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  • Elizabeth Eldridge

Employee Wellness in the Virtual Workplace


If your team has been working remotely for the past year or so, you’ve perhaps experienced challenges maintaining any wellness practices or strategies that were once fully integrated into your physical workplace. How can your organization support the wellness of its team members when everyone’s working remotely? Here a few simple, ready-to-implement ideas to get you started:


1. Create healthy norms

Initiate a Step Challenge among your team to encourage a bit of physical activity amidst what, for many of us, is a more sedentary lifestyle than what life looked like pre-pandemic. Meeting virtually? Take fresh air breaks regularly, prompting people to grab a jacket and stand outside for a couple of minutes. Discuss barriers and brainstorm solutions together. A client I’ve been working with recently translated the traditional Step Challenge to a Screen Time Reduction Challenge: in this particular workplace employees are issued company iPhones when they’re onboarded; participants in the Challenge shared their “screen time report” (generated by an app on Apple devices) weekly and the employee with the lowest amount of screen time outside of working hours at the end of the quarter wins a gift card. An initiative like this supports social connection as a bonus to the positive impact of the Challenge itself.


2. Respect boundaries

Working from your kitchen table makes it more challenging than ever to separate work from personal life. If a colleague or my manager sends me an email outside of regular working hours, is there an expectation for me to respond right away? Is it appropriate for team members to be getting in touch with one another about work items via text? Clearly define and discuss expectations and any additional points you can think of that might impact work-life balance. Once these boundaries are defined make sure you’re practicing what you preach. Come back to reassess periodically, gathering input from employees about how things are going and addressing any challenges.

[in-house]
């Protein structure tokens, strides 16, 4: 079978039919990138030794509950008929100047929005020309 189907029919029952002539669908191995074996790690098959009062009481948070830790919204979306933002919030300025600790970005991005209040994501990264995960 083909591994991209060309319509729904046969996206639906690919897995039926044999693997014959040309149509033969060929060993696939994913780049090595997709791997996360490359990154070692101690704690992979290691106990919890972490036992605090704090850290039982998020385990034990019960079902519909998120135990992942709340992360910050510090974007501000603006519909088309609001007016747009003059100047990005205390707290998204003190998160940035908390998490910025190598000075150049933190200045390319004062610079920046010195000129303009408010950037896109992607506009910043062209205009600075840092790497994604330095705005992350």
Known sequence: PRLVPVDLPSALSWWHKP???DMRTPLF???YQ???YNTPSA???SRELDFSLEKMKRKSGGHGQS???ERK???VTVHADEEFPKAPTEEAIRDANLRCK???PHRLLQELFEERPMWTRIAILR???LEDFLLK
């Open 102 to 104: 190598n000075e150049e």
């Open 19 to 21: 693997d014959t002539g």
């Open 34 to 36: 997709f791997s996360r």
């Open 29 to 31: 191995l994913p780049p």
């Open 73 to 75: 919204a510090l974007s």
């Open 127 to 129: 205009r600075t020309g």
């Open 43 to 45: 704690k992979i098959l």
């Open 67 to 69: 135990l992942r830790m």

3. Consider mid-week “pick-me-ups”

Wellness Wednesday, anyone? Research shows that in many organizations productivity tends to slump mid-week. What can you do to motivate your team, helping them stay mentally engaged and productive all week long? This is a great example of how an organization should see employee wellness as an investment. Giving up a half hour of company time on Wednesday afternoons might exponentially boost productivity for the rest of the week. For many of us life is pretty mundane right now: no travel, restrictions related to seeing family and friends, our access to social activities like eating in restaurants, playing team sports, etc. has been reduced. Monotony – whether in our personal lives, at work or both – equates to prime conditions for disengagement. The impact of disengagement can include poor morale, low productivity, high absenteeism and turnover rates and more, and those things carry sky-high costs. Investing in a fun team-building activity on a regular basis (bi-weekly or weekly) that will break up the week. Brainstorm for ideas that address the various determinants of our wellbeing: physical health (promoting physical activity/exercise, well-balanced diet, adequate rest), mental health (work-life balance, stress management, cognitive stimulation like opportunities to develop new skills) and social health (building and maintaining human connections with colleagues, taking time for meaningful hobbies and leisure activities). Invite a virtual guest speaker or try out a virtual yoga class a week from right now – you just might be surprised by the impact!